Tuesday 28 January 2020

Film: 'The Personal History of David Copperfield'.

I thought I might like this. It achieved that and more. 
Armando Ianucci here directs his third major cinema feature and they are, for me, getting progressively better. I found 'In the Loop' (2009) rather baffling in that much of the dialogue was delivered so rapidly as to be largely indecipherable. His 'The Death of Stalin' (2017) a great improvement - and with 'Copperfield' here, which he co-writes, he hits a new high. 

It is, of course, based on Dickens' voluminous novel, which I must have read about half a dozen times (having read all his books at least three times each). This film is not one that will delight Dickens purists. I enjoyed it as there's enough to be able to easily relate to the original. All the 'contours' of David C's rise-and-fall life are here, together with most of the major characters - though if you watch while waiting for the famous lines Dickens put into their mouths you're likely to feel disappointed.

Set in mid-19th century London, the film boasts a quite remarkable large cast (entirely British, I think) ranging from well-known names to those I don't recall encountering before. But the very satisfying and most conspicuous feature of the cast is that no attempt is made to reflect what was surely Dickens' intention of having, as would have been assumed by all of his readers at that time, exclusively white-skinned characters. In this film a spectrum of complexions and racial ancestries is included, and most refreshing to see it is too.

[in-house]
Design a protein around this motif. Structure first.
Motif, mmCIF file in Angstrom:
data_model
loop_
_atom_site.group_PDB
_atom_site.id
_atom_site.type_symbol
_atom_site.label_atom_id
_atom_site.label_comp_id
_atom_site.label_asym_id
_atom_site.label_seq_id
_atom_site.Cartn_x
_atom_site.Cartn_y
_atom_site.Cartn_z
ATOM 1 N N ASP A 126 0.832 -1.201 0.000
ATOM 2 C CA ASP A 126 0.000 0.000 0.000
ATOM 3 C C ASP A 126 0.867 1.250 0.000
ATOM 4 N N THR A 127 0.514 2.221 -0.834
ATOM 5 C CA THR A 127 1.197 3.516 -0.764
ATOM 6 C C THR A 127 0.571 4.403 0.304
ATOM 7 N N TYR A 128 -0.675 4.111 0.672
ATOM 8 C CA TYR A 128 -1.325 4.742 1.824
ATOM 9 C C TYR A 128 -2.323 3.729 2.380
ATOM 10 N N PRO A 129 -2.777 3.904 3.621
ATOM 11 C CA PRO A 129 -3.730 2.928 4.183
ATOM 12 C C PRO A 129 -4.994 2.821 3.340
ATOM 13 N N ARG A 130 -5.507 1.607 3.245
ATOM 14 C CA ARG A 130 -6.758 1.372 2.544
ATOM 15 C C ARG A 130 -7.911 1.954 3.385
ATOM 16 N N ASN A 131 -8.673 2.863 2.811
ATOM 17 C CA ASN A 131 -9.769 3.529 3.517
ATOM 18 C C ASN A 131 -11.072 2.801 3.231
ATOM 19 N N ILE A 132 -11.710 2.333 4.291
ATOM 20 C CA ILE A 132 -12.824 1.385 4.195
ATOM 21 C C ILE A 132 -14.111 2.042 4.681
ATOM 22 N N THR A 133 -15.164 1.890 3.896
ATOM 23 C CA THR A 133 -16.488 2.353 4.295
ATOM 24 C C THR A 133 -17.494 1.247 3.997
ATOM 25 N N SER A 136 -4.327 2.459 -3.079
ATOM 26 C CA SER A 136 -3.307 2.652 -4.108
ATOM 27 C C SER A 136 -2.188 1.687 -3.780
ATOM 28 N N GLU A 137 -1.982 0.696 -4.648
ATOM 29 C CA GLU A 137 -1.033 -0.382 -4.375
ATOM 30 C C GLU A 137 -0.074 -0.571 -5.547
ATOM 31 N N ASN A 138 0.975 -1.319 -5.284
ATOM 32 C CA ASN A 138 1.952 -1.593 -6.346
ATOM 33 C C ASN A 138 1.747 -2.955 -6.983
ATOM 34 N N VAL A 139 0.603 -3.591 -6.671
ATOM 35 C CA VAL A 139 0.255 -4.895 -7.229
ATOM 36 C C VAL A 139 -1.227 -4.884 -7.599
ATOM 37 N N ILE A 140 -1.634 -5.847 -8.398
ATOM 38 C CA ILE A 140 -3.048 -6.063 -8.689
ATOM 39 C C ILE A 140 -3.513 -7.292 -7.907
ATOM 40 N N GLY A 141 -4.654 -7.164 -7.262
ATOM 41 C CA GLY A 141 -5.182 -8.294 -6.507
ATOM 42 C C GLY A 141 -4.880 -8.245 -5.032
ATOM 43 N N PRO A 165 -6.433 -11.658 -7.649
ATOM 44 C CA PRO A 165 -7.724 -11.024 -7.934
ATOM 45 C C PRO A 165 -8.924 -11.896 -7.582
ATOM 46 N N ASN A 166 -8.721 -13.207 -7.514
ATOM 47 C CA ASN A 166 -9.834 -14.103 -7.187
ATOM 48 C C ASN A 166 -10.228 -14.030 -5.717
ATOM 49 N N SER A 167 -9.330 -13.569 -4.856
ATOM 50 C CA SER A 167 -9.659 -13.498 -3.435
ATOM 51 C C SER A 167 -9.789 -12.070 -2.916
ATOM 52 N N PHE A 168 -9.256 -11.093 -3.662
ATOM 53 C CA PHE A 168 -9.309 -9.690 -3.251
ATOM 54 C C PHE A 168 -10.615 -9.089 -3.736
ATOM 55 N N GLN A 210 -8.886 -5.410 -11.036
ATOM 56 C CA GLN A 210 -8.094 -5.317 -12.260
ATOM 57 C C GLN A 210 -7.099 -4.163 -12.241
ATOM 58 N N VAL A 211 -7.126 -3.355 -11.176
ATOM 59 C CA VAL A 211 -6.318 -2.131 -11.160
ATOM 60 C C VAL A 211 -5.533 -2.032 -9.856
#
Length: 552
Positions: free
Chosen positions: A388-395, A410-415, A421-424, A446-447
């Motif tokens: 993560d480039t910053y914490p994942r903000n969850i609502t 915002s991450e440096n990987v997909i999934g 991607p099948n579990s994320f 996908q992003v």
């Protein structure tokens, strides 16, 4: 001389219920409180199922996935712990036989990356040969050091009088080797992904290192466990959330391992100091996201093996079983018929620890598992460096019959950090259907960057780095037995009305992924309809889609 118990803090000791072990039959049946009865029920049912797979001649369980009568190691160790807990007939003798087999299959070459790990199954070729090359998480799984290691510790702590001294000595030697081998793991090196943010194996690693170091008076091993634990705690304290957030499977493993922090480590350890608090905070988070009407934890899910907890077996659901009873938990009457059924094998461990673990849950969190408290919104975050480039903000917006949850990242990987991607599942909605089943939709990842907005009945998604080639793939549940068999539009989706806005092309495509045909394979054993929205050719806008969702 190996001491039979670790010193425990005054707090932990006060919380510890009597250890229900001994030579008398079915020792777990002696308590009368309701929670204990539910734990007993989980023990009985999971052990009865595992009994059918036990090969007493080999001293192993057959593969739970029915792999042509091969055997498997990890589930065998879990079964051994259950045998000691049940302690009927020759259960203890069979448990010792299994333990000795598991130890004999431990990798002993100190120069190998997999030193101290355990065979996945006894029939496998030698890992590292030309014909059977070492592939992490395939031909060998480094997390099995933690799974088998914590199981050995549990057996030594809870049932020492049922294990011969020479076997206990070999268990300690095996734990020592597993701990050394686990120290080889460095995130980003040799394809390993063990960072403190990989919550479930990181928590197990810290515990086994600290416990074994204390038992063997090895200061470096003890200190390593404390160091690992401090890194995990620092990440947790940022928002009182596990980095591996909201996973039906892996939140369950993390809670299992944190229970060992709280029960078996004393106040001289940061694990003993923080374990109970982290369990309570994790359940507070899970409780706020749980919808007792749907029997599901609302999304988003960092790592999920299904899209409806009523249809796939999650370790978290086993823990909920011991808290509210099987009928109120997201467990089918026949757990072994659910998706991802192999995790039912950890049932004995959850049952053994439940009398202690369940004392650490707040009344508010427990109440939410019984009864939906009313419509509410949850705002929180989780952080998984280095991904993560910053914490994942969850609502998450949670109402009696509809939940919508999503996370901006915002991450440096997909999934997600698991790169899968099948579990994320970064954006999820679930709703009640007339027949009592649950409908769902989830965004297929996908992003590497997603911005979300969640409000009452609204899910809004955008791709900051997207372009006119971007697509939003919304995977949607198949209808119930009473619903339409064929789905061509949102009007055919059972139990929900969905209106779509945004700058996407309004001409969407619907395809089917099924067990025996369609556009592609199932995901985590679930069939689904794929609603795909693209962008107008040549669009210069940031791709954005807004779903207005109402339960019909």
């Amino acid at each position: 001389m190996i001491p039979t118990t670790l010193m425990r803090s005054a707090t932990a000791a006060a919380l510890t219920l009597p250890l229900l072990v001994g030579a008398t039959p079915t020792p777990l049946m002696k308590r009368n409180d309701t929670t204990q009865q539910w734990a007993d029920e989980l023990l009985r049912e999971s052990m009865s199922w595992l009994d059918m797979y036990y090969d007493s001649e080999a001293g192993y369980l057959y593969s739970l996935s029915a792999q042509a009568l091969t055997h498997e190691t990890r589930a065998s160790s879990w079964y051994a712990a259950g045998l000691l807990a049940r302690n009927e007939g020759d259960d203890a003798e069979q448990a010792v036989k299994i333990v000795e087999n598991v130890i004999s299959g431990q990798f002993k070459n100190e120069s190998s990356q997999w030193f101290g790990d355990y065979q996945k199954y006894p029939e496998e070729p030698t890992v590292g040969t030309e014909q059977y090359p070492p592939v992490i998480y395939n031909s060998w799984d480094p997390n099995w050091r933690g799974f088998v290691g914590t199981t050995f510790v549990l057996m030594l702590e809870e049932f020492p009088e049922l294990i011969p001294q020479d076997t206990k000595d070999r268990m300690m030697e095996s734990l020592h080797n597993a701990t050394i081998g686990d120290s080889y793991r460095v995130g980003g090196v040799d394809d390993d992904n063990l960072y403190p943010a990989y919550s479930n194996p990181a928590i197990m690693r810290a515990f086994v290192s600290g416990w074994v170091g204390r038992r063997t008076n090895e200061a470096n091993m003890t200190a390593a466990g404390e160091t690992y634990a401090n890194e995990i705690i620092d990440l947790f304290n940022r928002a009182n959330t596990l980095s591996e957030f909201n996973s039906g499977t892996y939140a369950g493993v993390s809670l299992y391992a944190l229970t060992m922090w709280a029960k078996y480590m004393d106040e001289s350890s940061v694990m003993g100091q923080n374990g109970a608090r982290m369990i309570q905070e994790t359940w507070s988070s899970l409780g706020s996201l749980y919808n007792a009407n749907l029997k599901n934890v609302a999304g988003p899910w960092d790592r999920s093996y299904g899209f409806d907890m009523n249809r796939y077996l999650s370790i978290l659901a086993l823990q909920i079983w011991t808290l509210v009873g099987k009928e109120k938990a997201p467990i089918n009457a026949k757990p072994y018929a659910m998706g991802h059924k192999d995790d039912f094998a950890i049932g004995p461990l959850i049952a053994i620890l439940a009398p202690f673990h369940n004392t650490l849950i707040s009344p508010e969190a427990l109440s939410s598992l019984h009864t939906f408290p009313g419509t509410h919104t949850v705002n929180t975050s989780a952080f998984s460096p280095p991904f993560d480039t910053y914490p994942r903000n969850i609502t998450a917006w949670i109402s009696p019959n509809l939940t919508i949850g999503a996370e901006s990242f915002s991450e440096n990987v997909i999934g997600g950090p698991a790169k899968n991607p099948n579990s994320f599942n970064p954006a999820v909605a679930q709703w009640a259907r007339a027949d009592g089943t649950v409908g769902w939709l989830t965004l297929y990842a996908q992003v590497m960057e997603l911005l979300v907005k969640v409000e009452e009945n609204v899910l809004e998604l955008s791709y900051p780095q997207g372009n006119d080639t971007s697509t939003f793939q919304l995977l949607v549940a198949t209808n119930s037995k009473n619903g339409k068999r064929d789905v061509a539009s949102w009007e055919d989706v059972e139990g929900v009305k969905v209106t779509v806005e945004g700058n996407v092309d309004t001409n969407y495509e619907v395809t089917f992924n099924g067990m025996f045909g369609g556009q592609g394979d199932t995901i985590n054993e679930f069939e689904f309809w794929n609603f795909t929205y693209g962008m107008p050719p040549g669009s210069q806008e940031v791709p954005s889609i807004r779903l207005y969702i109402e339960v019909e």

Though this might be the most visually obvious feature, each member of the cast was in some way different from the way I'd built a mental picture of them, not only in appearance but mannerisms too, though in no case straying too far outside the author's own character sketches. 

Stealing the film is Dev Patel as the (adult) title character in a role which fits him like a glove. In fact in every film he's appeared in to date he always seems at ease with the person he's creating, one of those rare chameleon-like actors who looks visibly comfortable no matter who he's playing - and he's not yet even 30!
The rest of the cast doesn't have a single weak ingredient - Tilda Swinton as David's hyperactive, fussy and garrulous aunt Betsy Trotwood, Hugh Laurie as the kite-flying Mr Dick, Peter Capaldi the eternal against-the-odds optimist Mr Micawber, Paul Whitehouse as Mr Peggoty (though there's no Barkis!) - then there's the sadistic, cane-wielding stepfather Mr Murdstone when David was a young boy (here played by Jairaj Varsani - wonderful) and his later best friend, Steerforth, a turncoat-to-be, he and Murdstone played by actors I didn't know -  and one of the most remarkable, Ben Whishaw (sporting a Beatles haircut!) as the schemingly unreliable Uriah Heep. Every one of them endlessly watchable.